CBP has the power to seize “drug paraphernalia” products.  This does not only cover importations of products for commercial use, but also items for personal use with individuals traveling internationally seeking entry into the United States.  CBP’s website section: Know Before You Go – Prohibited and Restricted Items encourages individuals to contact CBP prior to traveling and make sure that prohibited or restricted items, such as drug paraphernalia, are not brought into the country, as they are not only subject to seizure pursuant to […]

CBP Publishes Additional Guidance On Responding to Cargo Detentions Made Under the Uyghur Forced Labor Prevention Act

Background

The Uyghur Forced Labor Prevention Act (“UFLPA”) went into effect on June 21, 2022. The law creates a rebuttable presumption that imports of all goods mined, produced, or manufactured wholly or in part in the Xinjiang Uyghur Autonomous Region of China (“Xinjiang”), or by entities identified on the UFLPA Entity List, were made using forced labor and are prohibited from entry into the U.S. under 19 U.S.C. § 1307. For more information about the UFLPA, please see our previous blog articles here and here. U.S. Customs and Border Protection (“CBP”) has been vigorously enforcing this law, detaining hundreds of attempted import shipments every month under both the UFLPA and Withhold Release Orders for suspected forced labor violations.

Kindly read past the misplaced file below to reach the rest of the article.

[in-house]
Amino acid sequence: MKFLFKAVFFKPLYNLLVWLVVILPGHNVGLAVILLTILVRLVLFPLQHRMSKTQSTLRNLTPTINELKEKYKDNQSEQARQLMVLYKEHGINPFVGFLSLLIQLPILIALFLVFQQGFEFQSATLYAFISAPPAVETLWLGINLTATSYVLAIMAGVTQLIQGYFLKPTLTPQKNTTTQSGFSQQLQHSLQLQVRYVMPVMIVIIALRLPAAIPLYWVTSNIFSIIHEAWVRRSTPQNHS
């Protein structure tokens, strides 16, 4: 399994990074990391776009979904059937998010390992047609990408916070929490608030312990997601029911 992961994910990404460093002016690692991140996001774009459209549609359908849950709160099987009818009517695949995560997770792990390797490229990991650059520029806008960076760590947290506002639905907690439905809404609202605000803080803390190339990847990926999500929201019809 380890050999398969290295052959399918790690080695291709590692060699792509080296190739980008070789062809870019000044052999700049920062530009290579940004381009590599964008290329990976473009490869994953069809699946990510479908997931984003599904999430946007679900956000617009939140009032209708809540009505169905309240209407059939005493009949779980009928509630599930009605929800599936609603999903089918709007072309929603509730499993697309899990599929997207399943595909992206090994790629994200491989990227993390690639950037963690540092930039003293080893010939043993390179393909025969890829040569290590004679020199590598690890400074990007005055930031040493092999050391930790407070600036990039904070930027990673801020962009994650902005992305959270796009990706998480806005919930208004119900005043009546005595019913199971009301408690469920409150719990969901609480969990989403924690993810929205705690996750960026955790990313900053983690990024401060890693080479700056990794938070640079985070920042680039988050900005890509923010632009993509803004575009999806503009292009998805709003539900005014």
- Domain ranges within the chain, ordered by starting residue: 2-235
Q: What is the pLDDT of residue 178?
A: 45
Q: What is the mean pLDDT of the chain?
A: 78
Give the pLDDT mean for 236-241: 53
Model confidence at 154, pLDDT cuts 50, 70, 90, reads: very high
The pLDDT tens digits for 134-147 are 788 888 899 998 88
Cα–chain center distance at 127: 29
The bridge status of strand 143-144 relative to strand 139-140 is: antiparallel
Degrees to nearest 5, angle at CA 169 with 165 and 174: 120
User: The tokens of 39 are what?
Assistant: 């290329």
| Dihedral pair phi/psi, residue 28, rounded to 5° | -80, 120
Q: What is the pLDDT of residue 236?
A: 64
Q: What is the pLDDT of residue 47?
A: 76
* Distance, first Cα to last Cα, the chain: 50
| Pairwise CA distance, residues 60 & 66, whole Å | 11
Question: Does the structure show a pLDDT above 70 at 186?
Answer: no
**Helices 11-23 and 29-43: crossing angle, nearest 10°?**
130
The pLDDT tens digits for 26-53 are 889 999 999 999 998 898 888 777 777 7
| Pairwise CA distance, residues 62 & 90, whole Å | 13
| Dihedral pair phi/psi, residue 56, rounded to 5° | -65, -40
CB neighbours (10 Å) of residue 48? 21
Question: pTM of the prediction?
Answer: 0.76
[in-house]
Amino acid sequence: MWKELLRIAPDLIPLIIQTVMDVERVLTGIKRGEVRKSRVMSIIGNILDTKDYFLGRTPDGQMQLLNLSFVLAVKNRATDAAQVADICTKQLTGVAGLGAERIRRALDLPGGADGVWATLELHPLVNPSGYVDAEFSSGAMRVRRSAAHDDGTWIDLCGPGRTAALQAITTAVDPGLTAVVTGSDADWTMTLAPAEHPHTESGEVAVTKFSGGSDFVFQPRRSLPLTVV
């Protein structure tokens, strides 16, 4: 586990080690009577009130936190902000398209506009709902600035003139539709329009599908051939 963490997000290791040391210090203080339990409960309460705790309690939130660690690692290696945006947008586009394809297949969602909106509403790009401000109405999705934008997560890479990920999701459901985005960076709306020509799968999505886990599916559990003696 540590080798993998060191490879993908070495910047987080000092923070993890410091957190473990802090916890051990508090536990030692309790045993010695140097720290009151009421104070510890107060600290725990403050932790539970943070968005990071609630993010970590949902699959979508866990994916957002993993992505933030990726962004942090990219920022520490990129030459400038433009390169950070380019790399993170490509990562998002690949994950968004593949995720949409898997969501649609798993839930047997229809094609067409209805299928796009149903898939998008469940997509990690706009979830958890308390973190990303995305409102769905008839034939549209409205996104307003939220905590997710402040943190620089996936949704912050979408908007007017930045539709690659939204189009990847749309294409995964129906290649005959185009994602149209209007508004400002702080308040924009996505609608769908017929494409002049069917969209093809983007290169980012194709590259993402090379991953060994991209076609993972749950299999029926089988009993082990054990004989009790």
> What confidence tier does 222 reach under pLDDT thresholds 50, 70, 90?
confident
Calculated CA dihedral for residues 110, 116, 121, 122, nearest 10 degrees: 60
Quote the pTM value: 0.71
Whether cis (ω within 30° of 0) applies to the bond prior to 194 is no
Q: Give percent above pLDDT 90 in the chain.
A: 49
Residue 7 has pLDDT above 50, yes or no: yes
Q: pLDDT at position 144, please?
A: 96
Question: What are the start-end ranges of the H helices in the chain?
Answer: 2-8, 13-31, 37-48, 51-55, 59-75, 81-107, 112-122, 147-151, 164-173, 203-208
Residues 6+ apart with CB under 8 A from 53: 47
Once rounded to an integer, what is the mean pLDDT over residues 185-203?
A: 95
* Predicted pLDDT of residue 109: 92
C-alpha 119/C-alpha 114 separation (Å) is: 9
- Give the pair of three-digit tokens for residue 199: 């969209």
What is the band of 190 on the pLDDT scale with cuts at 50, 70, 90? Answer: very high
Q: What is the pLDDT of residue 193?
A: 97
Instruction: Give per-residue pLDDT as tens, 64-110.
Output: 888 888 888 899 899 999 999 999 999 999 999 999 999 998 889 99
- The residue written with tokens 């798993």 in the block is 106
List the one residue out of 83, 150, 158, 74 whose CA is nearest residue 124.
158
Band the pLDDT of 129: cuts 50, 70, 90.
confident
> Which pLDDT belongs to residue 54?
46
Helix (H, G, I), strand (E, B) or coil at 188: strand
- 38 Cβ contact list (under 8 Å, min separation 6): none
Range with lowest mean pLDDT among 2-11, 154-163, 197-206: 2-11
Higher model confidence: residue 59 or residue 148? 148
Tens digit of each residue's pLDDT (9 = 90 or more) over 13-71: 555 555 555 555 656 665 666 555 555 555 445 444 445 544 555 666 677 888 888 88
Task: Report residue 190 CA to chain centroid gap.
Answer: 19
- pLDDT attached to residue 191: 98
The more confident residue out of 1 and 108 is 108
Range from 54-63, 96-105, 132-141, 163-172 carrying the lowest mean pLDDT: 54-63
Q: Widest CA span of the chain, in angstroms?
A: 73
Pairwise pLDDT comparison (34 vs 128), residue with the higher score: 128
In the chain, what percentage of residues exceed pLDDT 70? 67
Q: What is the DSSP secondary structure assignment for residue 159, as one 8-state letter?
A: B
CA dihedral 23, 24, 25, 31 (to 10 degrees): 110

Importers that have a shipment detained under the UFLPA can seek to have the shipment released under one of two paths. They can either:

  • show that in spite of the fact that the goods were produced wholly or partially in Xinjiang or by an entity on the UFLPA Entity List, they were not in fact made using forced labor; or
  • show that neither the goods nor the inputs used to make the goods were produced wholly or partially in Xinjiang and have no connection to entities on the UFLPA Entity List (i.e., that the goods fall outside the scope of the UFLPA).

Taking the second path means requesting an “admissibility review.”

Last year, pursuant to the UFLPA, the Department of Homeland Security published a Strategy to Prevent the Importation of Goods Mined, […]